Sunday, May 9, 2010

Thoughtful comments on Decadal Priorities

My post on the Decadal Survey Update: Sticker Shock Ahead has resulted in several readers posting very thoughtful comments on how priorities should be set for planetary exploration.  I encourage you to read them and post your own thoughts. 

You may also want to read a post I did early in the year about how different the priorities would be if large missions are chosen versus a series of smaller missions.  Check out My Stab at a Decadal Priority List.  It explains my reasoning behind the lists that follow.

 Here are the two lists I came up with:

Example of a priority list and budget for a program that emphasizes Flagship missions.  Figures are in $Bs, and use either published estimates or my own best guesses.  New Frontiers and Discovery figures include the PI budget (~$650M and ~$450M) plus launches and other overhead.

How I would prioritized my list of missions based on mission concepts that have been studied to date.  This list recognizes that budgets may be cut, and has smaller missions that can substitute for larger missions or that can be enhanced if funding continues as currently planned.  Since this list was published, I've learned of the AVIATR Titan plane proposal, and I would consider dropping another mission to fit it in (assuming that the technology is ready for flight, something hard for armchair mission planners to test).

There's of course nothing special about my list, and I publish them to stimulate thought and discussion.  If anyone cares to send me their list, I will be happy to post it.  Please do try to make it fit within the expected budget of $12.5 for the decade (not inflation adjusted).  New Frontiers missions run about $1.4B and Discovery missions about $0.8B after all costs of launching, tracking, and overheads are included.


  1. There are some more details about the Robotic Precursor line here:

    These would probably factor into the Decadal Priorities decisions. The slides on page 7 show:

    2014 - NEO
    2015 - lunar lander
    2016 - Mars
    2018 - Mars
    2019 - NEO

    Actually this schedule is hard to reconcile with one of the other slides which shows a goal of small robotic precursors at $100-200M each, with 1 launch every 1-2 years, and large robotic precursors limited to $800M. The schedule doesn't show any launch in 2013, and 1 every 2 years starting in 2013 would cover 4 of the 5 listed missions. That would leave only 1 large mission. If all missions hit their maximum cost, that would be $800M * 1 + $200M * 4 = $1.6B, quite a bit under the $3B robotic precursor budget from 2011-2015 (assuming the new change adding "Orion crew return vehicle" doesn't come largely at the expense of the precursors).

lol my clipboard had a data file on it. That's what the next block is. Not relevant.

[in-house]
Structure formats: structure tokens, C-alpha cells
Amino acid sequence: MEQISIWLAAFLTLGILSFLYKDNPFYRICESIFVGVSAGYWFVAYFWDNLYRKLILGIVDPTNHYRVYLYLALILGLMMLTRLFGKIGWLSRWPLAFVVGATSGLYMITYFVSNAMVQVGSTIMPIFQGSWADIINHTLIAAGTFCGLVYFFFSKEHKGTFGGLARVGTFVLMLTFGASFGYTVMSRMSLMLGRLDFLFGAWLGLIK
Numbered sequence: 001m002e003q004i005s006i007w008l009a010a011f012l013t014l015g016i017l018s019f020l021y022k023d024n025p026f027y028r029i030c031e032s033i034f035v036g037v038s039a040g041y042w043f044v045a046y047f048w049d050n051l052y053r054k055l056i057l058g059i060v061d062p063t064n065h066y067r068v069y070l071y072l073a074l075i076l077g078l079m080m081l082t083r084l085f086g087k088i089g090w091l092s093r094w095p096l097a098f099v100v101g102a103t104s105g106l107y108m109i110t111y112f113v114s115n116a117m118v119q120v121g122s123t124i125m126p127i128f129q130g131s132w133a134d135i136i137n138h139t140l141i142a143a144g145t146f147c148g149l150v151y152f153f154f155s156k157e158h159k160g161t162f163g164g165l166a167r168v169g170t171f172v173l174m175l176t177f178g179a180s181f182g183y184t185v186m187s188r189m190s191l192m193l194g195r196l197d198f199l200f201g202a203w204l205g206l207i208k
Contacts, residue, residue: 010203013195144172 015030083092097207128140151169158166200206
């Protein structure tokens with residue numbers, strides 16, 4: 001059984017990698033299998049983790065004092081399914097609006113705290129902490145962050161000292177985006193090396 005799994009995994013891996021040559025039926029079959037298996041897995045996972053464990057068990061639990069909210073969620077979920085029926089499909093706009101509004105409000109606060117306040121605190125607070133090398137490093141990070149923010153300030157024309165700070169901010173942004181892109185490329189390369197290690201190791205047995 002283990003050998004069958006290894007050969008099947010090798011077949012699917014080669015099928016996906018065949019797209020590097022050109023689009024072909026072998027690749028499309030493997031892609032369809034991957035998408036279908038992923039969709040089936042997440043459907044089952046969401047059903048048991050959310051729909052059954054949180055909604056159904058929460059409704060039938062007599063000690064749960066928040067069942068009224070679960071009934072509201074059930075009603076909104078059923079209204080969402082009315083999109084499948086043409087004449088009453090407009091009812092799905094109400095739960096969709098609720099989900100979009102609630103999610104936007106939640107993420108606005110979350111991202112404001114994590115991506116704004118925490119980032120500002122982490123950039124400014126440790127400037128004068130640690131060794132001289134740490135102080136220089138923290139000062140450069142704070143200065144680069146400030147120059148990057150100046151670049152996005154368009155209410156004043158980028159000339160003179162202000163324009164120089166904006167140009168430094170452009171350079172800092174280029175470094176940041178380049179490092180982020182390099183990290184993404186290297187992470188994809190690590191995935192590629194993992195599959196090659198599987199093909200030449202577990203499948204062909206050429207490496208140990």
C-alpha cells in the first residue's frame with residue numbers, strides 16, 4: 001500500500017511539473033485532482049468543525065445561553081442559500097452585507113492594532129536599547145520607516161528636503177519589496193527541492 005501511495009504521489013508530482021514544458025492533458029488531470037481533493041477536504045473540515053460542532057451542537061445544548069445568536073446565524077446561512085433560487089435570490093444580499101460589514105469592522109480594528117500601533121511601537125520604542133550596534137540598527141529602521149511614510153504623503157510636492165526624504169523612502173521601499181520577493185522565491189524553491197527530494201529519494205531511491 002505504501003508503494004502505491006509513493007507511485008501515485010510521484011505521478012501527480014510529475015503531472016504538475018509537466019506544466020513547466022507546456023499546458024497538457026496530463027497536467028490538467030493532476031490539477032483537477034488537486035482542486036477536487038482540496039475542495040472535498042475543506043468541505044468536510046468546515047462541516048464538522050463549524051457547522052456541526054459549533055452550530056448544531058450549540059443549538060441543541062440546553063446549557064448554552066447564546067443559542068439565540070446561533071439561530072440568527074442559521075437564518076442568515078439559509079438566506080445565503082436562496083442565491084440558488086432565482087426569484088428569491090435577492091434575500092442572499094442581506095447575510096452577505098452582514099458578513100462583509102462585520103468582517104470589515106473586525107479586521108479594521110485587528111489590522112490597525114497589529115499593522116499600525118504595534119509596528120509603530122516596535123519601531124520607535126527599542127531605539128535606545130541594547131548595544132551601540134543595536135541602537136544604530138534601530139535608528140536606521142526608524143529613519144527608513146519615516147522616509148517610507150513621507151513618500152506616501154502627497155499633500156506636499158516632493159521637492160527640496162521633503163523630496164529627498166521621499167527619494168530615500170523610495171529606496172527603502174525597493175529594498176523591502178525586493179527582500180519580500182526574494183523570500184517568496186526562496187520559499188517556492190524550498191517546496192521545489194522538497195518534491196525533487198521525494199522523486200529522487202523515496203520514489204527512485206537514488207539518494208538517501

Maybe the schedule only shows the large precursor missions, and they are hoping those average well under $800M? That sounds hard to believe, unless they're planning to share rides with other missions in some cases.

  2. I appreciate you pointing this presentation out to me.

    I'm not sure what to make of these precursor missions. It would be be great if they fly. However, the plans don't seem to be very solid, as your analysis points out, while the dates are aggressive. I also suspect that this budget line will be the first place to cut to support development of manned capabilities such as keeping the Orion space capsule.

  3. NASA Administrator Bolden's statement to the Senate Committee on Commerce, Science and Transportation clarifies NASA's intent:

    "Exploration Robotic Precursors: A series of annual exploration robotic precursor missions is being planned, beginning with launch of a Near-Earth-Orbit (NEO) mission in 2014, followed by a lunar lander in 2015, and two Mars missions in 2016 and 2018, respectively. In addition, smaller robotic scout missions will be launched every 12-18 months to support reconnaissance, evaluate hazards, and develop systems and operations in support of future human exploration."

    So, the slides I linked to didn't include the line of "Scout" robotic precursors. That means that the larger ones will have to average considerably under their $800M cap if the program is to keep within the $3B budget through 2015, even if that budget isn't drained for other items.

  4. NASA is gradually releasing more information on its astronaut exploration plans, and some of these have implications for robotic exploration. I won't go into cross-over potential for new exploration technologies - just actual missions. Of course this all depends on how budgets work out - the plan will undoubtably change.

    Astronaut Exploration Robotic Precursors:

    This includes the schedule I described above, but also includes more details on each mission. A timeline for the smaller robotic scouts and Missions of Opportunity (HSF precursor instruments on SMD or internation missions) is also available. There are notes on other items of interest to planetary exploration (eg: possible involvement in the Planetary Data System datasets).

    Exploration Technology Demonstrations:

    FTD-1: Advanced In-Space Propulsion Demonstration (possibly reaching Mars)

    FTD-4: Aero-Assist Demonstration (possibly reaching Mars):